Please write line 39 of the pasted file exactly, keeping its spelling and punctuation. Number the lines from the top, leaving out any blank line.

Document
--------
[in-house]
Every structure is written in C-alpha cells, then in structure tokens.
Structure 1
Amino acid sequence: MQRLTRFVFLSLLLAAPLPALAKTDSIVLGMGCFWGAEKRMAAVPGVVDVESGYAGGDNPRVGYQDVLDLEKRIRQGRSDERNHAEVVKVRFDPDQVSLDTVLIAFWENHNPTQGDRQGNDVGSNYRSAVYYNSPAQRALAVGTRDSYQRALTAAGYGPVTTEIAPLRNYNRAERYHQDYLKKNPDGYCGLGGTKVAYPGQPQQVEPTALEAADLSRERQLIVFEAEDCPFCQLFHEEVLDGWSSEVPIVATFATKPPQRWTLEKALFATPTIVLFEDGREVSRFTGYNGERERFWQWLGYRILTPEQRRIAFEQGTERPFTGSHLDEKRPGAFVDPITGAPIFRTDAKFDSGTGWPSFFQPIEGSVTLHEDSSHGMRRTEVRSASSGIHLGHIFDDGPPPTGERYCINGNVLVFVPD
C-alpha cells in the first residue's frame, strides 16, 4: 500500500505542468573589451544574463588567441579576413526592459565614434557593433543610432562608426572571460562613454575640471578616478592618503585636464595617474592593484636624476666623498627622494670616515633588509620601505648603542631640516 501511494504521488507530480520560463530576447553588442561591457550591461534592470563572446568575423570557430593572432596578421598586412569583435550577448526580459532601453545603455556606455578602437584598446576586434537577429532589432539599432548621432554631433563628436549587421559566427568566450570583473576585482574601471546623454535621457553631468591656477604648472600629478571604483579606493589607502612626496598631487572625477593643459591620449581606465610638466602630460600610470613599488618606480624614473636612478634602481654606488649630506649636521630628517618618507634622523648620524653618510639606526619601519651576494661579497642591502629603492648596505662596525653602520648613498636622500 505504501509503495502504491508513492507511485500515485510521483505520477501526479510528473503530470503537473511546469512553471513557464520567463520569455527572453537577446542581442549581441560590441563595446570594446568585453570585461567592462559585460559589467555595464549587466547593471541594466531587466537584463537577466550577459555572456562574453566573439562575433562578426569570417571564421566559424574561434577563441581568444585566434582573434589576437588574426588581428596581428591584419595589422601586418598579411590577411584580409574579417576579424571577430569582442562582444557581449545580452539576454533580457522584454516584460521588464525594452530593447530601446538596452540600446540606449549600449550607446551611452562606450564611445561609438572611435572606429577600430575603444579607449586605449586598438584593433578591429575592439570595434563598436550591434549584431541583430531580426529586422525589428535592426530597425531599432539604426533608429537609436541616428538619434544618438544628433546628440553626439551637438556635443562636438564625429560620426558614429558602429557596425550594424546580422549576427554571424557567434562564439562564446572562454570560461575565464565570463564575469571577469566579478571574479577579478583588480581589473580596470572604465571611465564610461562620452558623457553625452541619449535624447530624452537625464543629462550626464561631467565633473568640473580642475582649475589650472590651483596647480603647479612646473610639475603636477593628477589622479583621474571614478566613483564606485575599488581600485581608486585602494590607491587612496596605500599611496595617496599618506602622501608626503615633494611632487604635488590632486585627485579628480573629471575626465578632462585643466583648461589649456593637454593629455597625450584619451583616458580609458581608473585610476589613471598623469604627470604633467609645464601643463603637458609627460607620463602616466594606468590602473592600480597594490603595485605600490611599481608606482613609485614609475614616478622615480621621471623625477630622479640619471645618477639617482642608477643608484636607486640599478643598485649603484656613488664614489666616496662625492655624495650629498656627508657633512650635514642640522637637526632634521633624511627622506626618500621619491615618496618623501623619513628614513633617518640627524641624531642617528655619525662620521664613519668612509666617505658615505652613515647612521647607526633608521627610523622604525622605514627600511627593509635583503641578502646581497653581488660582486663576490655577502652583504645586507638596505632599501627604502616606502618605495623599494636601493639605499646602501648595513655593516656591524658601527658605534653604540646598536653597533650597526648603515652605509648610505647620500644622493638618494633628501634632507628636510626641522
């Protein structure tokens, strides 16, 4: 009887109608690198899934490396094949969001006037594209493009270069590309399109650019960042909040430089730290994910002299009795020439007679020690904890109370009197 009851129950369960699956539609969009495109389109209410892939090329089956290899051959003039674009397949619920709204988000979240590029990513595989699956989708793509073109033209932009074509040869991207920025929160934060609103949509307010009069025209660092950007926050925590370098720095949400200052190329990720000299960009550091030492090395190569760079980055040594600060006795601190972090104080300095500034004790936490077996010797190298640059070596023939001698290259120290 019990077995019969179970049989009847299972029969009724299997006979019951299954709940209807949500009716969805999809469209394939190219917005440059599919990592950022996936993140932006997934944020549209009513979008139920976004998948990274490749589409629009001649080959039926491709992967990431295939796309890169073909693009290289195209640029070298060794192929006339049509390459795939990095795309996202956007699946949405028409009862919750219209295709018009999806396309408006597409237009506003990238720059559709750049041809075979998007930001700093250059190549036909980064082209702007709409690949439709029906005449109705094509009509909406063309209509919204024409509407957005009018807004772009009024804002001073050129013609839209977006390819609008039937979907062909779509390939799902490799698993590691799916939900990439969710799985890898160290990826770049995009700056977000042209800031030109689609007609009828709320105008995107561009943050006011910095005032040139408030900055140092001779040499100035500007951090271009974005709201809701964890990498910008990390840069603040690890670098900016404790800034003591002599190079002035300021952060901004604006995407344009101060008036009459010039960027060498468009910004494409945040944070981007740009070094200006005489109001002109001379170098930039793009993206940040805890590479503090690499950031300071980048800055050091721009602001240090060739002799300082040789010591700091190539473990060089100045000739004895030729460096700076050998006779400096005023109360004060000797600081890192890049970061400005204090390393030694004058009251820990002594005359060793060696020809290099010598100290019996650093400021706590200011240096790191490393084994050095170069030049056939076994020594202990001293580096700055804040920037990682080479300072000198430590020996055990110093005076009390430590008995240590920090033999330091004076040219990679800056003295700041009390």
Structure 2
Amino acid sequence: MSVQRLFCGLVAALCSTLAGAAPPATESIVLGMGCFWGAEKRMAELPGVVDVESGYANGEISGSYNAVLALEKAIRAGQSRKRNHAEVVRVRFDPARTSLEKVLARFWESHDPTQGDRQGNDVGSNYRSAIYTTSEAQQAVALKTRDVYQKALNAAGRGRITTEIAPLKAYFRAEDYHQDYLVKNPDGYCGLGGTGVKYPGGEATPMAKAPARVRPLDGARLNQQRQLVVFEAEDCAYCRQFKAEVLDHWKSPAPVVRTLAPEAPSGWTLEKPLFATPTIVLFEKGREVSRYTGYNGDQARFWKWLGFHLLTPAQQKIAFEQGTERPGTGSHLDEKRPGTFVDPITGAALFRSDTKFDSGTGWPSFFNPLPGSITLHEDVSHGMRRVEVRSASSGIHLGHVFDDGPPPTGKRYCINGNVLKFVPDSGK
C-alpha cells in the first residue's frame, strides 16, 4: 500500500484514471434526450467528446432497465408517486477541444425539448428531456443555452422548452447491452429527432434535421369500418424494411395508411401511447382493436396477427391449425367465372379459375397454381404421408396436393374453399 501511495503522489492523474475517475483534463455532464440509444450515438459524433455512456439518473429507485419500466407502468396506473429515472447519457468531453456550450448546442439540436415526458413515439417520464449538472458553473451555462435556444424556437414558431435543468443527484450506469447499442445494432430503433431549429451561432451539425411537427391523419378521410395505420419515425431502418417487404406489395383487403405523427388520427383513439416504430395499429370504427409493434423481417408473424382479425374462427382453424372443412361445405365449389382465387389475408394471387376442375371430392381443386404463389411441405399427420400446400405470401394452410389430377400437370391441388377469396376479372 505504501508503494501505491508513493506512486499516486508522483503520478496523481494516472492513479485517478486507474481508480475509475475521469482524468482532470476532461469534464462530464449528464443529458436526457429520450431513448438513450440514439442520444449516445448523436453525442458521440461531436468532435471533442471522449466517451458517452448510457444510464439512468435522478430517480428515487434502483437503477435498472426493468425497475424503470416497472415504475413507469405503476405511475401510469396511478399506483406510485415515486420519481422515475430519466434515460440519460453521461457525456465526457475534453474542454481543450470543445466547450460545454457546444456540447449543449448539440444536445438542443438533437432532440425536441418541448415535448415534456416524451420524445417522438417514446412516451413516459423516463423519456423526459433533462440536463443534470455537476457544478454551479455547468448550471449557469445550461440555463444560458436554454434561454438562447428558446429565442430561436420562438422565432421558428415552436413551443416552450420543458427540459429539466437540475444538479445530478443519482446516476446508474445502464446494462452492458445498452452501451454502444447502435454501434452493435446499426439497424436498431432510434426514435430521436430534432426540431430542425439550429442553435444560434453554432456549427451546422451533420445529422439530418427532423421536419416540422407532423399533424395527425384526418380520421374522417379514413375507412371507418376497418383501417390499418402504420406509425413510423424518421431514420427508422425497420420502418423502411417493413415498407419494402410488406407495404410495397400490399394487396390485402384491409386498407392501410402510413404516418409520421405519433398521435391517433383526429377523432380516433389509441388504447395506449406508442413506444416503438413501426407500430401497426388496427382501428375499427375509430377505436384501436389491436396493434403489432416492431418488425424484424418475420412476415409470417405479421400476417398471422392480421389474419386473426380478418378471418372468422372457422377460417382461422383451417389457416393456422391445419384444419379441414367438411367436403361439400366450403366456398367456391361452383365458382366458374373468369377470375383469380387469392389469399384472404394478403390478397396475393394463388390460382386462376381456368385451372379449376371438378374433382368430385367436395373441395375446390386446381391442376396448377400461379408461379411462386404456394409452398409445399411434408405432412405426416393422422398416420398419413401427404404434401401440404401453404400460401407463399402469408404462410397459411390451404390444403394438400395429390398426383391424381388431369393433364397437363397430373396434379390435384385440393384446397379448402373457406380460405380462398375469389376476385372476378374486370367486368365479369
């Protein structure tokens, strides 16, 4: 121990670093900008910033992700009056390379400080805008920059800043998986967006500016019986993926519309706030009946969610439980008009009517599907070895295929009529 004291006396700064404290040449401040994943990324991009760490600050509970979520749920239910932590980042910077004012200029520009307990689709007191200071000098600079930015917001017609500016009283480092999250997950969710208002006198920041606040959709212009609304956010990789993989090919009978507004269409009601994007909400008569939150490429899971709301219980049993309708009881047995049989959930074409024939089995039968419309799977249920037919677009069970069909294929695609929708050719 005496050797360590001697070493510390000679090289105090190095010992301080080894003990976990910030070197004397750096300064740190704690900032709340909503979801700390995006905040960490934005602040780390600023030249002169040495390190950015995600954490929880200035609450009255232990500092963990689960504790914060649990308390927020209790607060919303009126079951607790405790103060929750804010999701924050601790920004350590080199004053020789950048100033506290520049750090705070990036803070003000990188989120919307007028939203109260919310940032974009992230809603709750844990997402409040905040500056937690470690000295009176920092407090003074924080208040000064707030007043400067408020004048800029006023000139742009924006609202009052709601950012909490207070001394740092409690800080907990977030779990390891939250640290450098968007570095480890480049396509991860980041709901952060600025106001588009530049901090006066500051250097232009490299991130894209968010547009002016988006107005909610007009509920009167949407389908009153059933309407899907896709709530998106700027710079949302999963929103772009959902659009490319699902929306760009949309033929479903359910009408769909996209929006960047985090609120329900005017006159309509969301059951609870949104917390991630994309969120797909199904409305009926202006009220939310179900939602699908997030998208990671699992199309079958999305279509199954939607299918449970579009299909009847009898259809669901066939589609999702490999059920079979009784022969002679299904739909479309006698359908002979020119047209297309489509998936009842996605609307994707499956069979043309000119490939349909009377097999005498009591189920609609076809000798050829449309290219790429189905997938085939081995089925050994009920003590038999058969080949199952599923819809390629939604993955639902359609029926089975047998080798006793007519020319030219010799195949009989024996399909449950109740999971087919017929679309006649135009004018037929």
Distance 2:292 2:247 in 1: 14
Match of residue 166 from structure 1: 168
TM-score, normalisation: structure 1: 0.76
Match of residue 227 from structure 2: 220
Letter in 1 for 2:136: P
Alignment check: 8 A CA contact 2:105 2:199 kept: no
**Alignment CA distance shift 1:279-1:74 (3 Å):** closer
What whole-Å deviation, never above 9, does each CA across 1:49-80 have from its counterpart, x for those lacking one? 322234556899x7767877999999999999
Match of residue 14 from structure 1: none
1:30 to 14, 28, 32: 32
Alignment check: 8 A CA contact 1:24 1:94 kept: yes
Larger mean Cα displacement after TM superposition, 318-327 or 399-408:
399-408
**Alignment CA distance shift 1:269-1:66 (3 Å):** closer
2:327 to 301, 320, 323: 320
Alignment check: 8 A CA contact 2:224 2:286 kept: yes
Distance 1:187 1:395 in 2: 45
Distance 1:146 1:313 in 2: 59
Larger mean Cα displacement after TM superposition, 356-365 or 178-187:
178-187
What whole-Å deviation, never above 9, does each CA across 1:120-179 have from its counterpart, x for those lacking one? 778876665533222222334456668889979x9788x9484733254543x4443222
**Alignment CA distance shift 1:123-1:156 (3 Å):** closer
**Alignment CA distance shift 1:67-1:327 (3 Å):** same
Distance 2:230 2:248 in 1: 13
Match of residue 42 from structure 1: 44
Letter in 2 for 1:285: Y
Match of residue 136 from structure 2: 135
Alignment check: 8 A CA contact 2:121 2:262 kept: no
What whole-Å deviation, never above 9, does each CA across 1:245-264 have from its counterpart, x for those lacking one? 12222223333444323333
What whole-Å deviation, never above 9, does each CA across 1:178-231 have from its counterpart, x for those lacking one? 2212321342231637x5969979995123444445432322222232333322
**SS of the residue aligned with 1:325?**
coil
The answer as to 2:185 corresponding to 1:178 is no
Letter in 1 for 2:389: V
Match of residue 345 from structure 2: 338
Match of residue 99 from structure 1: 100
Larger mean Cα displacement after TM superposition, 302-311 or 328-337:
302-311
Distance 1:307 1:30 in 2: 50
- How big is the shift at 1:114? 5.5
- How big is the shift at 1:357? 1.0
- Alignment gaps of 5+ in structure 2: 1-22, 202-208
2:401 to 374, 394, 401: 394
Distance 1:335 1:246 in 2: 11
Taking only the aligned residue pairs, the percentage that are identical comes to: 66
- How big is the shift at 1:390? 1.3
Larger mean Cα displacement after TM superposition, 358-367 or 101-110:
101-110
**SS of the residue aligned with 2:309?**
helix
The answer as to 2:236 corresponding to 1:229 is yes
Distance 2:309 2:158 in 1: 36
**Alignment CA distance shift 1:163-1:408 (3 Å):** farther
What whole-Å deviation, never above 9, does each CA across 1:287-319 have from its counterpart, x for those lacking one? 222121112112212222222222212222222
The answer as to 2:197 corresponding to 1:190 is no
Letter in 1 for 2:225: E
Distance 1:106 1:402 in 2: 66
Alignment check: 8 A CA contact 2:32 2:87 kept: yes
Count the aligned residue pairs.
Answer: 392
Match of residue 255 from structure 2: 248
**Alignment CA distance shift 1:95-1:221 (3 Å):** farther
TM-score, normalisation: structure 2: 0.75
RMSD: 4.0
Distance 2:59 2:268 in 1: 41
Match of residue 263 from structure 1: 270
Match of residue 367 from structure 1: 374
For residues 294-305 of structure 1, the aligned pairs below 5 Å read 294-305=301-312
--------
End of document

What whole-Å deviation, never above 9, does each CA across 1:245-264 have from its counterpart, x for those lacking one? 12222223333444323333